Movie Review: "Ghost Ship" (2002)
DISCLAIMER: This review may contain spoilers.
"Ghost Ship" is another great example of a wasted opportunity to properly execute a worthwhile idea. "Ghost Ship" is to the ocean what "Event Horizon" is to space. They actually have a lot in common -- Derelict ships that aren't really that scary, characters which seem be to variations of those from "Alien", and not to mention, one is made by Paul W.S. Anderson while the other seems to be inspired by him.
The story in "Ghost Ship" is centered around an Italian ocean-liner in which a horrendous event killed everyone aboard except one little girl back in the '60s. Jump to present day where a salvage crew (led by Gabriel Bryne) is hired by Canadian weather pilot to salvage the now derelict ocean-liner. Long story short, the weather guy is really a ghost who is partly responsible for the deaths of those aboard the ship along with a bunch of gangsters dressed up as cooks.
The opening sequence of the film almost works at making us believe that this is a creepy thriller set aboard a ghost ship, but immediately following that comes the testosterone-influenced, MTV-stylized nonsense. I wonder if anyone in the theaters demanded their money back after the first 15-20 minutes or so, because they were lied to on what kind of movie this really was.
Indiana Jones and the Not-So Scary Ghost Ship
Anyone who got scared by watching "Ghost Ship" probably gets easily frightened just by looking at themselves in the mirror. I mean how stupid do you have to be to fall for these kinds of tricks? In fact, "Ghost Ship" makes zero effort to build up any dreadful atmosphere despite the film's dreadful setting (which is so unfortunate).
"Ghost Ship" is nothing but shock value. Oh, look, they're on a haunted ship in the middle of the ocean! Paycheck please? To me, it seems that Hollywood was trying to sell "Ghost Ship" to audiences on its idea alone but nothing else. They might as well not even bothered conjuring up a screenplay for it.
If anything, "Ghost Ship" falls more in line with a poor-man's treasure-hunting flick than anything else. Right from the get-go, the film establishes our heroic crew as money chasers, they discuss how much the ship could be worth, how they plan to split the money, and then they even find gold on the ship itself.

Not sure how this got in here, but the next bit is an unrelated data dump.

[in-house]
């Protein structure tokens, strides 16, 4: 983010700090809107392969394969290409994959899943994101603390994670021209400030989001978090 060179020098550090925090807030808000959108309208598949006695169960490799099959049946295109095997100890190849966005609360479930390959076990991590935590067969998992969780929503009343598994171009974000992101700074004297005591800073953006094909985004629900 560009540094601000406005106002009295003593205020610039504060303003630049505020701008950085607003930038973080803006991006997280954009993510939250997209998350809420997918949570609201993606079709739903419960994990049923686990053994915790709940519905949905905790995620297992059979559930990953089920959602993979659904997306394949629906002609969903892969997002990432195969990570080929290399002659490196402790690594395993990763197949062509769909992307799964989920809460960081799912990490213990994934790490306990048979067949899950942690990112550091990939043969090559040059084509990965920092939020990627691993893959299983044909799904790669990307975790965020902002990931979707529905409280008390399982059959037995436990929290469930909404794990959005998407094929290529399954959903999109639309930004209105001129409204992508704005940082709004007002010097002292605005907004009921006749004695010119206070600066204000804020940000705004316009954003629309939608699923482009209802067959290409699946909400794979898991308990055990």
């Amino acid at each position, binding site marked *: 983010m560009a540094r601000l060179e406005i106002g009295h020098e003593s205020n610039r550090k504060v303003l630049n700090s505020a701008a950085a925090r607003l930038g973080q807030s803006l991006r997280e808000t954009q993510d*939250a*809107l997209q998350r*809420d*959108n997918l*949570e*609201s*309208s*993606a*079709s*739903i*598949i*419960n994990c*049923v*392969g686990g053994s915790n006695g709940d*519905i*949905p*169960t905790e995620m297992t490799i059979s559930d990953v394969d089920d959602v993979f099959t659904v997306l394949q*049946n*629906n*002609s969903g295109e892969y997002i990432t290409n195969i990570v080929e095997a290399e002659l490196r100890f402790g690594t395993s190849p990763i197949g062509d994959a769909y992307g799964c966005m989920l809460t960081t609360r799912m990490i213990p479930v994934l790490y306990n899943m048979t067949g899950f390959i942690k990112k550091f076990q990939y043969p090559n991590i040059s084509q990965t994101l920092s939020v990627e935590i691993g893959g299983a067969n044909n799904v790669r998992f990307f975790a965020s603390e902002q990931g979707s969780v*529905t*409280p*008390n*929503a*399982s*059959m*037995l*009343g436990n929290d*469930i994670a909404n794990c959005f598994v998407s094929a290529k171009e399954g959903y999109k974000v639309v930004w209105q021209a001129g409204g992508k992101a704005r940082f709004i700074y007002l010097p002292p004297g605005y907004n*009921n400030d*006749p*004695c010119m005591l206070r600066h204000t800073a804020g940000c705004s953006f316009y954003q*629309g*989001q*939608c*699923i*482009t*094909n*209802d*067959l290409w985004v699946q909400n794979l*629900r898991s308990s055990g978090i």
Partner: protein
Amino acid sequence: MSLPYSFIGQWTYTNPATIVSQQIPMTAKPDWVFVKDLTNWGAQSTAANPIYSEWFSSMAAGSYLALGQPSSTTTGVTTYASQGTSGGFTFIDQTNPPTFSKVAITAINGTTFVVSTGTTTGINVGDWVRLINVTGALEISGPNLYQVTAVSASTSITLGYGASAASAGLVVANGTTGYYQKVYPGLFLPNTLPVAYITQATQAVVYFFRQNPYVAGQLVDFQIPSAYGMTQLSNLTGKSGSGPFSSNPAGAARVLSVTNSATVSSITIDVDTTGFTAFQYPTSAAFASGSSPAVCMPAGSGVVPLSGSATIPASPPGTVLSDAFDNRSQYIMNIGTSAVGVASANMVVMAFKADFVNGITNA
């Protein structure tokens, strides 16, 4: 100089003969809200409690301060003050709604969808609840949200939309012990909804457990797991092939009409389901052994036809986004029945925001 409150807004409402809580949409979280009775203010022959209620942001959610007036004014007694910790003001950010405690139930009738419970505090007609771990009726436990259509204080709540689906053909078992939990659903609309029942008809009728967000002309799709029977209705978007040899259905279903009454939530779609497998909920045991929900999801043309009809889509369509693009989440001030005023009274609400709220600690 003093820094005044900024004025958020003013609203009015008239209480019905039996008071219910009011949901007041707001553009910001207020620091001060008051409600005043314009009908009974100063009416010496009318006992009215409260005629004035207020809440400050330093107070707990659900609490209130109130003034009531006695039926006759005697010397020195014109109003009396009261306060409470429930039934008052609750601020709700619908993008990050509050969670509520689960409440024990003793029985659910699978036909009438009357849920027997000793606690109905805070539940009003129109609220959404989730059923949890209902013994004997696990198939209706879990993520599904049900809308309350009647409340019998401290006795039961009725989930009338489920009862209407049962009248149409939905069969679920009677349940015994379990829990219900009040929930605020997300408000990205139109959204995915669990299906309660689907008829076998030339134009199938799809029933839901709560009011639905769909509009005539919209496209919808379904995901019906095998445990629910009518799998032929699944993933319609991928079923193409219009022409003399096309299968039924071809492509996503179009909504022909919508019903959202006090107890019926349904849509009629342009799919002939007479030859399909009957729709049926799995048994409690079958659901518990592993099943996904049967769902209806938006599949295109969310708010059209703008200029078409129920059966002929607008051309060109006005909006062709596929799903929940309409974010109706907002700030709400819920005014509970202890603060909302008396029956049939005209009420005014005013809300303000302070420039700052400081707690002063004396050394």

Actually, that's all "Ghost Ship" is really about, a bunch of people finding gold on a ship. The dead people are just in the background and don't really do much to justify their significance in the film's genre.
Horror Movie No-No's
It seems that "Ghost Ship" and "Blair Witch 2: Book of Shadows" have something in common. They both think that rock music sets the mood well in a horror film. Once again... IT DOESN'T. Rock music period completely diminishes any sense of fear in a movie that's supposed to be scary.
Furthermore, there's a montage later in the film, followed by another dreadful rock tune, where the backstory behind the ghost ship is shown to us. The way it is executed reminds me of the following: "Quantum of Solace", "Resident Evil", and an Armani advertisement. This is supposed to be a horror film, right?
Last but not least, let's talk about the final scene in the film. After we find out that the dead cooks with machine guns were responsible for the murder of everyone aboard the ghost ship, our female protagonist makes it to safety and is awaiting transport inside an ambulance. Right before the doors close, she sees the dead cooks and their leader boarding another ship -- Cue angry rock music again -- I'm sorry, but I can't help but think I'm watching another horrible "Resident Evil" sequel.
Remedies for "Ghost Ship"
- Kill the rock music, please.
- A director who is not under the influence of Paul W.S. Anderson.
- Drawing upon more inspiration from the Mary Celeste story would help, as would making this a bit more of a mystery as opposed to a straight-forward cookie cutter horror flick.
- Dead gangster cooks as the cause behind the ghost ship simply cannot be taken seriously.
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